Chocolat

2000

Action / Drama / Romance

169
Rotten Tomatoes Critics - Certified Fresh 63%
Rotten Tomatoes Audience - Upright 83%
IMDb Rating 7.3 10 164258

Synopsis


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April 10, 2013 at 10:28 AM

Cast

Carrie-Anne Moss as Caroline Clairmont
Johnny Depp as Roux
Judi Dench as Armande Voizin
Peter Stormare as Serge Muscat
720p.BLU 1080p.BLU
801.32 MB
1280*720
English
PG-13
23.976 fps
2hr 1 min
P/S 2 / 54
1.70 GB
1920*1080
English
PG-13
23.976 fps
2hr 1 min
P/S 1 / 13

Movie Reviews

Reviewed by diogomanuel 6 / 10

A delicious movie you can watch with your girlfriend

I love chocolate and in this movie it is like a supporting actor: many scenes evolve around it being eaten or while it is being made. I really had to visit the local chocolaterie on my way home...

It is a movie to be enjoyed by the whole family, with some odd moments that can be described as humorous, and some clichés that may only be considered realistic if one had the experience of living in a small town, where everyone knows everyone and gossip is the favorite pastime.

As a confessed chocoholic I enjoyed this movie but I must admit that its slow pace and story line may not appeal to everyone.

Reviewed by dncorp 8 / 10

Undescribable

Having lived allover the World as U.S. Military, living at Villages just like this Chocolat 1959 Village, except from the 1960s till decades later. This movie is so accurate of life in a village, but not a stereotype.

Some of the villages I lived at were even smaller. A dozen homes and businesses at the center surrounded by miles of farmland and some (large) homes within walking distance of the center of the village. Typical of the villages I lived at orange ceramic tile roofs, with white buildings, cobblestone streets.

Takes months to years for the locals to trust you. But once they do, their trust is for life.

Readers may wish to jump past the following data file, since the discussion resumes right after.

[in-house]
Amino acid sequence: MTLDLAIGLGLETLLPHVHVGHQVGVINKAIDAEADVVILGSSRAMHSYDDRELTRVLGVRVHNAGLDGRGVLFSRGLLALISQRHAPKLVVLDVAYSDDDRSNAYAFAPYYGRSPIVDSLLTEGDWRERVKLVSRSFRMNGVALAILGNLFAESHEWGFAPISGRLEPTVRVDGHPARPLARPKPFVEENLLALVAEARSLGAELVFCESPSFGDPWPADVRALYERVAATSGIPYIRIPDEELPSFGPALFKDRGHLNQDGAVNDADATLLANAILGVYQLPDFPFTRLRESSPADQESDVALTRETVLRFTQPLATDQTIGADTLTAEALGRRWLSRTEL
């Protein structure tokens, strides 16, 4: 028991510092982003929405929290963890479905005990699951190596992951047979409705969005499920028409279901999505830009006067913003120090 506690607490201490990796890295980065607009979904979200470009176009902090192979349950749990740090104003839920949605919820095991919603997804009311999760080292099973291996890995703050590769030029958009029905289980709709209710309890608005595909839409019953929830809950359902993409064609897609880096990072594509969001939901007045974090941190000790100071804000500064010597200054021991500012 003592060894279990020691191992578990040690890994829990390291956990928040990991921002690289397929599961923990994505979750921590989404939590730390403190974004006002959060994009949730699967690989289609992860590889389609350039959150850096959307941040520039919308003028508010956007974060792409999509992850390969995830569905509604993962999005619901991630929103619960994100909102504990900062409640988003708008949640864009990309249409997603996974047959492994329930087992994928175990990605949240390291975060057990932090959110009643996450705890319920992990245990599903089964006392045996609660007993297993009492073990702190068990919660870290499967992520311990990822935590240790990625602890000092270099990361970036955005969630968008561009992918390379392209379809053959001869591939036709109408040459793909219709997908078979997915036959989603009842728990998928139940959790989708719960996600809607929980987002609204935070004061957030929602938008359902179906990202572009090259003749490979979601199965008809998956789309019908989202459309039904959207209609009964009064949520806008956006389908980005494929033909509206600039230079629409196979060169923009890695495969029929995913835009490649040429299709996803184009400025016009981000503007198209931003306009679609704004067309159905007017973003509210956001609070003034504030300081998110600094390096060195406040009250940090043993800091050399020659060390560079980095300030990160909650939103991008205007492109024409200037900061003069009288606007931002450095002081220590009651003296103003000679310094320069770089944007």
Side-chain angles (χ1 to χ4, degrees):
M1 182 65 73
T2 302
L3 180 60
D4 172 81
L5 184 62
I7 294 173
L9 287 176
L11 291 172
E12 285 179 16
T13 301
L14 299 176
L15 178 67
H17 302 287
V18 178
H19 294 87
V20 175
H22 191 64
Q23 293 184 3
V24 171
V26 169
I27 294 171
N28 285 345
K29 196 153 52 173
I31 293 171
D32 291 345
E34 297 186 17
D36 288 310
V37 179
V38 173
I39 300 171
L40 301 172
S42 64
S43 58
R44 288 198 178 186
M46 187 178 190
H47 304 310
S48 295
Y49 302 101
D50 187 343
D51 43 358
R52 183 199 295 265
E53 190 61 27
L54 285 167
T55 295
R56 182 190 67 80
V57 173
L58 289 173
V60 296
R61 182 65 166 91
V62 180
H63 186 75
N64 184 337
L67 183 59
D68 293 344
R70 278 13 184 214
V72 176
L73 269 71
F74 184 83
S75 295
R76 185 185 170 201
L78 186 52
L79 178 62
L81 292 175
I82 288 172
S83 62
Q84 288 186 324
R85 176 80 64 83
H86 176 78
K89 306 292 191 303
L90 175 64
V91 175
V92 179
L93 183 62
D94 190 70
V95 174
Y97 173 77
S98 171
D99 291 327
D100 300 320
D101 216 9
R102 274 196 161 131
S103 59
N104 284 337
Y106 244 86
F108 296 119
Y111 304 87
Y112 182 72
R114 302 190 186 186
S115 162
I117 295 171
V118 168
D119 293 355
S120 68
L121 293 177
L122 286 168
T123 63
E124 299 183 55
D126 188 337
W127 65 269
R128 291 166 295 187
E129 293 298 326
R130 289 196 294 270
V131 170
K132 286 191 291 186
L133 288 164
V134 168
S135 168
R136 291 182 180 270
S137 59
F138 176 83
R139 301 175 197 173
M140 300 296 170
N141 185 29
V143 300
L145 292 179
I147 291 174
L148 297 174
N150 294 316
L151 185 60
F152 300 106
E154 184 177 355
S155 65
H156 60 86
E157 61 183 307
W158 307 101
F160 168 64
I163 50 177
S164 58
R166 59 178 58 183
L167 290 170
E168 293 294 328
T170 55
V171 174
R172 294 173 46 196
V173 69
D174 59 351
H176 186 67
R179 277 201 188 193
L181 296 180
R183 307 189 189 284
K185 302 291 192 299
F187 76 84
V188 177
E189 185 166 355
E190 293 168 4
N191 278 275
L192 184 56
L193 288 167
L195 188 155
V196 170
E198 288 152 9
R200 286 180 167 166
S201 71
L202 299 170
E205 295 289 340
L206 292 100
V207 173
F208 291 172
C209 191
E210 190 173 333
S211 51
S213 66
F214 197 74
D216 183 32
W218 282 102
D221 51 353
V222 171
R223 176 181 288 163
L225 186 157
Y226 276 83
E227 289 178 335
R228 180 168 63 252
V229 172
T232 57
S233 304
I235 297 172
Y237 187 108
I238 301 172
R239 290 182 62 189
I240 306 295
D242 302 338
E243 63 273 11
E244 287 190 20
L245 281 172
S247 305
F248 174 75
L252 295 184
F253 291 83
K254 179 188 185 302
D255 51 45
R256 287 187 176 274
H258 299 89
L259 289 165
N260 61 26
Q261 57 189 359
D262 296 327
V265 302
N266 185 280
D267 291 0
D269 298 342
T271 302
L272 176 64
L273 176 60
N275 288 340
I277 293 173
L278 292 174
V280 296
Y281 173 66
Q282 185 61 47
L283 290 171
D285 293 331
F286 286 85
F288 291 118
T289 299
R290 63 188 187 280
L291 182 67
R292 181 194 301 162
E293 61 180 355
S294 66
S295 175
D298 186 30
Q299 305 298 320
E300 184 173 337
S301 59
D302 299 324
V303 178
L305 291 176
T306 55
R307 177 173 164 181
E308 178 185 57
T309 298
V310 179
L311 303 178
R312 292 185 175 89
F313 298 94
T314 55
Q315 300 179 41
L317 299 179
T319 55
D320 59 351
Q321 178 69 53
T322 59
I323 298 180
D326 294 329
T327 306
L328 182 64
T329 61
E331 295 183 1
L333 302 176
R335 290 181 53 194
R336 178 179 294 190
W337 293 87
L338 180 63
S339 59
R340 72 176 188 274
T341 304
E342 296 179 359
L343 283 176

Some of the Common Rules. Church on Sunday absolutely no work. Saturday Recreation no loud noise work like mowing the lawn, expected that you are at the local Village Bar, Tavern, Gasthaus Saturday Evening to discuss anything. Police yourself and each other, as the nearest Law Enforcement is miles away at the nearest Town, this adds an extra layer of Security as if a Villager sees something suspicious everybody knows within minutes with a dozen or more Villagers taking a look. Every Year you were expected to participate in the dozen or more Village Festivals celebrating Spring, Summer, Autumn, Winter, Planting, Harvest, Beer, Wine, whatever crop(s) they grow, Founder's Day, and many more or be considered "Anti Social".

Reviewed by Filipe Neto 6 / 10

An interesting and thought-provoking movie.

This film is a kind of modern tale and speaks essentially of the right to be different and of the injustice we can commit when judging a person we do not know simply because it is different from us. The story, set in a small French conservative village in the sixties, shows the difficulties a woman feels in integrating and thriving a factory of handmade chocolates. The problem is that this woman does not fit into that society, outdated by nature and led by a deeply backward aristocrat, clinging to the ancient privileges of her lineage. She is modern, single mom and her sweet ones have the ability to awaken the most secret desires of those who eat them. It gets worse later, with the arrival of a group of gypsies, which the village initially faces as dangerous rioters. For those who are inattentive, the film may seem like a harsh criticism of the Catholic Church and conservatism, but it is not. It uses religion as a vehicle for criticizing hypocrisy, those people who speak one thing and act in a totally opposite way for convenience, shyness or fear of criticism.

The film has excellent scenarios and everything fits very well in context and historical time. The connection between Vianne and the ancient Amerindian people seems a bit forced but ends up being digestible with the unfolding of the film. The actors generally did a great job, but there are three that deserve a special mention, on merit: Juliette Binoche, who plays Vianne in a very pleasant and convincing way, Alfred Molina, in the role of the ultra-conservative Count and Judi Dench, who gave life to the eccentric Armande. The film also features Johnny Depp as the gypsy boss, but he is clearly lefting in this film. His character does not fit well and he lacks chemistry with the cast, particularly Binoche. It was a mistake to conceive his character the way it was conceived.

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